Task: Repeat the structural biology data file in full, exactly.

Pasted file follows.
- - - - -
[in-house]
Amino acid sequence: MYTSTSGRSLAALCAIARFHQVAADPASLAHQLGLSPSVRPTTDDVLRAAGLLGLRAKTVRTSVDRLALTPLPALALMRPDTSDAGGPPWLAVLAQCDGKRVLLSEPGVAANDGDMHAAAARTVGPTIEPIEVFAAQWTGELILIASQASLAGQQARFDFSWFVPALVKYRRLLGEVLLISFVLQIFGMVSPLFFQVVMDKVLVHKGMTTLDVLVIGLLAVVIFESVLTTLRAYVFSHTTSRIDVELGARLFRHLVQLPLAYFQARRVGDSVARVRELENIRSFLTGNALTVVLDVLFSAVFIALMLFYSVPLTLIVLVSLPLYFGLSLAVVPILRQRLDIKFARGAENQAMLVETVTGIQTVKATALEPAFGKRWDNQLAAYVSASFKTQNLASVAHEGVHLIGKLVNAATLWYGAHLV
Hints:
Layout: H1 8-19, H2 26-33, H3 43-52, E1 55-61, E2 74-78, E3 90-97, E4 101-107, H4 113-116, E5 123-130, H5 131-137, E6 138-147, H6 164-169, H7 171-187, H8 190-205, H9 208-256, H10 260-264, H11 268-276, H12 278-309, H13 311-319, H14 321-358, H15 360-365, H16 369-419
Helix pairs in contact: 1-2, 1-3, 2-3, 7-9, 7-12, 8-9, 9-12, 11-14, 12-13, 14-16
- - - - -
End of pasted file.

[in-house]
Amino acid sequence: MYTSTSGRSLAALCAIARFHQVAADPASLAHQLGLSPSVRPTTDDVLRAAGLLGLRAKTVRTSVDRLALTPLPALALMRPDTSDAGGPPWLAVLAQCDGKRVLLSEPGVAANDGDMHAAAARTVGPTIEPIEVFAAQWTGELILIASQASLAGQQARFDFSWFVPALVKYRRLLGEVLLISFVLQIFGMVSPLFFQVVMDKVLVHKGMTTLDVLVIGLLAVVIFESVLTTLRAYVFSHTTSRIDVELGARLFRHLVQLPLAYFQARRVGDSVARVRELENIRSFLTGNALTVVLDVLFSAVFIALMLFYSVPLTLIVLVSLPLYFGLSLAVVPILRQRLDIKFARGAENQAMLVETVTGIQTVKATALEPAFGKRWDNQLAAYVSASFKTQNLASVAHEGVHLIGKLVNAATLWYGAHLV
Hints:
Layout: H1 8-19, H2 26-33, H3 43-52, E1 55-61, E2 74-78, E3 90-97, E4 101-107, H4 113-116, E5 123-130, H5 131-137, E6 138-147, H6 164-169, H7 171-187, H8 190-205, H9 208-256, H10 260-264, H11 268-276, H12 278-309, H13 311-319, H14 321-358, H15 360-365, H16 369-419
Helix pairs in contact: 1-2, 1-3, 2-3, 7-9, 7-12, 8-9, 9-12, 11-14, 12-13, 14-16